Wednesday, December 23, 2009

"The Harms of Homeschooling": a debate

My hackles are up this morning.  I just read this piece published in the Philosophy and Public Policy Quarterly from the School of Public Policy at the University of Maryland (and I groan inside because I am employed by this very university system).  Get yourself in a good place before you read this article, since it will certainly tick you off, no matter what kind of home educator you are.  There's bile for everyone in there.  Ms. West, the author, paints us all as hyperconservative trailer trash (unless we are among the few "over-educated and bored suburban mothers" with nothing better to do than paint our nails and usurp public school power). 

Thankfully, this excellent, thoughtful and well researched rebuttal exists (written by a passionate secular homeschooling mother), and so does this one, written by Milton Gaither (author of Homeschool: an American History). 

Please take fifteen minutes and read this, then consider making your opinions known.

Monday, December 14, 2009

Are you a curriculum junkie?

I don't think I am.  It's hard, though, because I love books so much, so I do tend to over-buy.  But this blog caught my eye today.  I love Julie Bogart (Brave Writer)... if you have a second, give it a read.

The Curriculum Hunt

And if you like that one, backtrack just a bit and read her post on Developing a Philosophy of Education.  This is one I think I need to print out and post in a handy place (the idea of recalling a time when we all felt miserable especially resonates with me, and I need to do that on those days when I think my life would be easier if my kids were back in school!).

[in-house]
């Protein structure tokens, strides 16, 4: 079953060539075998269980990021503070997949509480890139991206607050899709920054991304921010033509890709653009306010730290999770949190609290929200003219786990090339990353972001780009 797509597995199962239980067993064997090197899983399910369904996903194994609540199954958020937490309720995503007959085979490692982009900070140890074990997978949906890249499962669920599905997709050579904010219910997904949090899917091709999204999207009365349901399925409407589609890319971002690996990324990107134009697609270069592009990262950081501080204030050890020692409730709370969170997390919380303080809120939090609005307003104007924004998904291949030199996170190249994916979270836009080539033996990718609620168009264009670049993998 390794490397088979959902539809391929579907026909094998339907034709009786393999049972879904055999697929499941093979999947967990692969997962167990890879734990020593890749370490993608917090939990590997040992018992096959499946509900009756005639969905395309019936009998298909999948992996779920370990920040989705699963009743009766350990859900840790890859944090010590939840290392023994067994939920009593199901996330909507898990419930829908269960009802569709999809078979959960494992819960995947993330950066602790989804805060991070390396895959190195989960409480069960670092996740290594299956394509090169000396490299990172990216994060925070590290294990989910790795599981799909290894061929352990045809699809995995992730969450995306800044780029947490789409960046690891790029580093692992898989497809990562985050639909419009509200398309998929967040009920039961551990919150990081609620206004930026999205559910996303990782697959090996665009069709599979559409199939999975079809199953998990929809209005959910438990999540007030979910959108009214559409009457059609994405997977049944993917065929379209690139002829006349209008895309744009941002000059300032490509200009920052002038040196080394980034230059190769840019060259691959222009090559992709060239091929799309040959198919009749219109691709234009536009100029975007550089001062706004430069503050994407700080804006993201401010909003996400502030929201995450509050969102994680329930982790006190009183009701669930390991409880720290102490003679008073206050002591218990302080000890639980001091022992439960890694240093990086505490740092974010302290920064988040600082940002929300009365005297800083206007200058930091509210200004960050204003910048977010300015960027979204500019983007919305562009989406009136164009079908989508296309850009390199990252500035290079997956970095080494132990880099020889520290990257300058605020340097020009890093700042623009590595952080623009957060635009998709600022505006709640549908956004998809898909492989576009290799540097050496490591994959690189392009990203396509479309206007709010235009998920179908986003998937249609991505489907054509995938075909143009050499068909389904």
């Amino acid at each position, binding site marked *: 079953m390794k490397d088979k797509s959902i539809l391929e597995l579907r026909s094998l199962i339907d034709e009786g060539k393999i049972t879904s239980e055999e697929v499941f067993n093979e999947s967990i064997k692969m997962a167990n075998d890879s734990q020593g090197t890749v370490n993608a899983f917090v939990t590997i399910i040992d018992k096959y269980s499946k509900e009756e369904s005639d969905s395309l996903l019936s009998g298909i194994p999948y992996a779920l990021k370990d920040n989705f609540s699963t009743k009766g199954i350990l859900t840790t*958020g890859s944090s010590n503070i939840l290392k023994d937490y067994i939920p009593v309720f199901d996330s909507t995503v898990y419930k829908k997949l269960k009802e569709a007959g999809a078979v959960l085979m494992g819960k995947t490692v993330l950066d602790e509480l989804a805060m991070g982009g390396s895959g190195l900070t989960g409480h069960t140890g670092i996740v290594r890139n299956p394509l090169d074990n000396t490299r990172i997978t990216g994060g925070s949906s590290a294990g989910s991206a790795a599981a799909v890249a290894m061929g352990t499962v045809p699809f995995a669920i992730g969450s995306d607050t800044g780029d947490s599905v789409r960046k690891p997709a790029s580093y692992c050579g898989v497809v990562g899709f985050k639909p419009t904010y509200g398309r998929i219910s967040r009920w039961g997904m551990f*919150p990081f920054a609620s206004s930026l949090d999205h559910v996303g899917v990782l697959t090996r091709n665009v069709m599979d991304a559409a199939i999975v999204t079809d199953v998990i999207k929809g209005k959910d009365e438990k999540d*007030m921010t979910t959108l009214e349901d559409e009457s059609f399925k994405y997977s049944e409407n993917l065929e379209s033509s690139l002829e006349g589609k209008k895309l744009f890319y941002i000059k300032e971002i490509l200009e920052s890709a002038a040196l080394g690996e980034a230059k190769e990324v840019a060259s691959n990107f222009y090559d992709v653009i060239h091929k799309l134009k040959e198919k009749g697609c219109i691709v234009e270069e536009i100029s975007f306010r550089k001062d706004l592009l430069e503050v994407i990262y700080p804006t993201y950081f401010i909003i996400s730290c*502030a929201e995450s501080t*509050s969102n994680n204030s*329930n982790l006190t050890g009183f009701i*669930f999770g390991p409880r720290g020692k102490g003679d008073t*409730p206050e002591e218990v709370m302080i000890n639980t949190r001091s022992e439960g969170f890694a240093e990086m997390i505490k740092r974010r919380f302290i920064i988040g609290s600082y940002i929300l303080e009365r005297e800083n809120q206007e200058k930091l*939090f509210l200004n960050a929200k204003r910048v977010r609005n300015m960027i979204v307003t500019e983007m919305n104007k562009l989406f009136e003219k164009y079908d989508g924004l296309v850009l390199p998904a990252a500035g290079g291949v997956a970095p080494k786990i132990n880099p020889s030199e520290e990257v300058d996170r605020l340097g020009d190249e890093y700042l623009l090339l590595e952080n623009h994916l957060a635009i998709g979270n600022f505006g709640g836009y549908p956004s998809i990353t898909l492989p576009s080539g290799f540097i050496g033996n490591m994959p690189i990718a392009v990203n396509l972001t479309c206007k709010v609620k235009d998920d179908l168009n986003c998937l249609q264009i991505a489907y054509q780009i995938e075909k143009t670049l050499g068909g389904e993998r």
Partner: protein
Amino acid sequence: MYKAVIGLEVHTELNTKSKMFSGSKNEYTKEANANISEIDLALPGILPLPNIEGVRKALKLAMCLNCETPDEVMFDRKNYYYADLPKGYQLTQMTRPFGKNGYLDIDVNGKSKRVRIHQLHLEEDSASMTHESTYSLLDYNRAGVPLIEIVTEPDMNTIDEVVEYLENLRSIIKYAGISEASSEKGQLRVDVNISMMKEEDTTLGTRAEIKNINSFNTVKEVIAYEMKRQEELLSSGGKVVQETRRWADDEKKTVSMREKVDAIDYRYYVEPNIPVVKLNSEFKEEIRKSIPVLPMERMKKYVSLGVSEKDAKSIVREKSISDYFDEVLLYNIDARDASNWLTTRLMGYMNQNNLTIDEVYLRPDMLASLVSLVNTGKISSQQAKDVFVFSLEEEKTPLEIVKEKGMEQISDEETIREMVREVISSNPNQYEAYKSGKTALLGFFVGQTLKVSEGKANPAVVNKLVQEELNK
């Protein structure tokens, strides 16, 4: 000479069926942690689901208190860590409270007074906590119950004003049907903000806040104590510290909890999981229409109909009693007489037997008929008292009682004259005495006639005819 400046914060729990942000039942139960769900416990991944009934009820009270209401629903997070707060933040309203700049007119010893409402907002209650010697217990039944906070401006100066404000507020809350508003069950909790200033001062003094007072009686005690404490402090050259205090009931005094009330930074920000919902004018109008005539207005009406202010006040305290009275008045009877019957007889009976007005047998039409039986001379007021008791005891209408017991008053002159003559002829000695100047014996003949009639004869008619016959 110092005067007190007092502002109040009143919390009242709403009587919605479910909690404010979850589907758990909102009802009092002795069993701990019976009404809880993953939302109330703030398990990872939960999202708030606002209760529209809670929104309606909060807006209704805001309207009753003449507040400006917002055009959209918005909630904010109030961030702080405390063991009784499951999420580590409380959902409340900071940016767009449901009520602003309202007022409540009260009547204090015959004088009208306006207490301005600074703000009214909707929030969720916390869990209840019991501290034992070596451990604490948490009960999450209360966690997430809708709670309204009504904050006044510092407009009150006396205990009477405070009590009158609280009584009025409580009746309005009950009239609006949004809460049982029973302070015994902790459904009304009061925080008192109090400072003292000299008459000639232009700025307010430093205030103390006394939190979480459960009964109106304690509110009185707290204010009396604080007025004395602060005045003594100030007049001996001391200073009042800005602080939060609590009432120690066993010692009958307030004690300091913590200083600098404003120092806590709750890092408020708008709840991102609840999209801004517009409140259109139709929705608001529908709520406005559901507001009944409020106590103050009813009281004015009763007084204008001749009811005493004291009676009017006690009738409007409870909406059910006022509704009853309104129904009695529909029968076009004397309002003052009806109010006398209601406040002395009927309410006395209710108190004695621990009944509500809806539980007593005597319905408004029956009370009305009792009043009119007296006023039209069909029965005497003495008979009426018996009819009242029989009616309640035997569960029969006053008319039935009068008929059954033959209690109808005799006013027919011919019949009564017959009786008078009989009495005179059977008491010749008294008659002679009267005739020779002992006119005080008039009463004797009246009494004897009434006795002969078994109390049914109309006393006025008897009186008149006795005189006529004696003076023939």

As this seems to be the season of doubting what we're doing (I think it's really just year-end burnout in diguise) maybe these encouraging words will shift you back on track.  They were just what I needed heading into our holiday break.

Sunday, December 13, 2009

If Rosetta Stone is on anyone's Christmas list...

There's a Rosetta Stone coupon that just came out from Borders.  $30 off level 1, $100 off 1,2,3 and $125 off levels 1-5.  Good through 12/20. 

Friday, December 11, 2009

Books about books

Some of my favorite books in the world are books about books.  I have stacks and stacks of them.  I love to read books, but I do admit that my secret pleasure is reading books about books.  Sometimes they're fiction (The Historian comes to mind...  and next on my list is The Book Thief) but usually not.

Nancy Pearl, librarian extraordinaire, has published a couple of books on books.  Book Lust was the first, followed by Book Crush for kids and More Book Lust.  If you ever find yourself in a reading rut, grab one of those books at your local library.  You'll have a list a mile long by the time you're half done.  Nancy makes me want to read everything.